The algorithm carries out the same search for every lexical entry, so that each atomic entity is associated with a subset of relevant axioms. The grouping of axioms within each subset occurs in the next stage.
Aggregating similar axioms
To complete the text plan, the axioms selected as relevant for a given entity are grouped by similarity, so that they can be realised more concisely in aggregated sentences. As an alternative we could simply generate a sentence for each axiom, but the resulting text would contain many repetitions; for example, for the set of axioms for cell line 22rv1 we would obtain:
A 22rv1 is a cell line.
A 22rv1 is bearer of a prostate carcinoma.
A 22rv1 derives from a Homo sapiens.
A 22rv1 derives from a prostate.
To obtain more fluent descriptions, our algorithm combines axioms that share a common pattern and differ in only one constituent. Thus in the example we are considering, it finds three axioms having the following abstract form:
These are combined to obtain the following aggregated axiom in which the varying constituent is replaced by a list:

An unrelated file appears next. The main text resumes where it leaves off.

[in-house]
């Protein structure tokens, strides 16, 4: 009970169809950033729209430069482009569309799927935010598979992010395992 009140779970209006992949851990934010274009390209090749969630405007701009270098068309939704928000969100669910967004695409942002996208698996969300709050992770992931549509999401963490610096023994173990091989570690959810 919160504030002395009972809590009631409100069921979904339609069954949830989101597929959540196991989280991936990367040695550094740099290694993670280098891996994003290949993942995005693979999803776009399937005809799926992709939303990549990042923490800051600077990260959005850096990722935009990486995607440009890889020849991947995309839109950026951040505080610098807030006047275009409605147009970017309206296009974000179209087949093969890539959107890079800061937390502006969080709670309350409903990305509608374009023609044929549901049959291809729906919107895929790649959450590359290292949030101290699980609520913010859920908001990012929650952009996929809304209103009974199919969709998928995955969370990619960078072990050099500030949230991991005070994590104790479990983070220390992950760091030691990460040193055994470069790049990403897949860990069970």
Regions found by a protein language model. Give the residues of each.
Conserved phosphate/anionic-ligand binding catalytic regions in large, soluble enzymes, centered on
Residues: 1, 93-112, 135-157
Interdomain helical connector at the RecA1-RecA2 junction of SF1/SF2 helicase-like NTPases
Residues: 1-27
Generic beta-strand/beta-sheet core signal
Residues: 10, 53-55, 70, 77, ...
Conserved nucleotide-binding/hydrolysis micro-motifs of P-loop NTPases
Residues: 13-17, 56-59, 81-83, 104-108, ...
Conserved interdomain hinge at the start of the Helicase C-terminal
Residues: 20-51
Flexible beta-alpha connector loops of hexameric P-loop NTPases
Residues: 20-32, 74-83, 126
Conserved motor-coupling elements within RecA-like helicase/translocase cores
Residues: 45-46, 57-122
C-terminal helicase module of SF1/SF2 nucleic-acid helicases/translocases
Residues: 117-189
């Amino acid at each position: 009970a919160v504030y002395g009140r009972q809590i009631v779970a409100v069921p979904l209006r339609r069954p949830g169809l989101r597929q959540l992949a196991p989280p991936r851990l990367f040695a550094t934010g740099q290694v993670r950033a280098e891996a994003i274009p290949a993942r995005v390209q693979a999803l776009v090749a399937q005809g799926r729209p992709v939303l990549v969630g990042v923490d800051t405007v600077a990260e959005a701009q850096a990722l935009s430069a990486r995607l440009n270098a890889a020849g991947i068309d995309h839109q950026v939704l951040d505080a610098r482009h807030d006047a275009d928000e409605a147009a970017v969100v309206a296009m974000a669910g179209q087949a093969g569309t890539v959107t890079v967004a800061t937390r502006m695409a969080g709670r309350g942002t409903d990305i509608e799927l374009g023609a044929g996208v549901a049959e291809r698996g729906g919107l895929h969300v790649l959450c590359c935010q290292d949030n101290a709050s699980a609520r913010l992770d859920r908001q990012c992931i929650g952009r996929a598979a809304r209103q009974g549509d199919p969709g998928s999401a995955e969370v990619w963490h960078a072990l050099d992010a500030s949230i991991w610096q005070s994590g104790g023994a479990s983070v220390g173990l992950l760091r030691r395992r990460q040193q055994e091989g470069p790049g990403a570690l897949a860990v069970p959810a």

The grammar can then realise the aggregated axiom by a single sentence rather than several sentences. For more details, see .
The final stage corresponds to the process labelled ‘Realiser’ in Figure 4. For each entity to be described, the text plan specifies a set of (possibly aggregated) axioms; it remains to generate a sentence for each axiom (or aggregated axiom), thus obtaining a description of the class (or other atomic entity). This is done by feeding each axiom to a Definite Clause Grammar (formalism for expressing a context-free phrase-structure grammar in a logic programming language such as Prolog; see [33, chap. 4]), with rules for (nearly) every logical pattern in OWL-DL; this grammar will consult the lexicon whenever it needs to express an atomic entity. As an example, here is the rule used for realising a two-argument statement with the functor equivalentClasses; as can be seen, it presupposes a further rule for realising classes by indefinite noun phrases: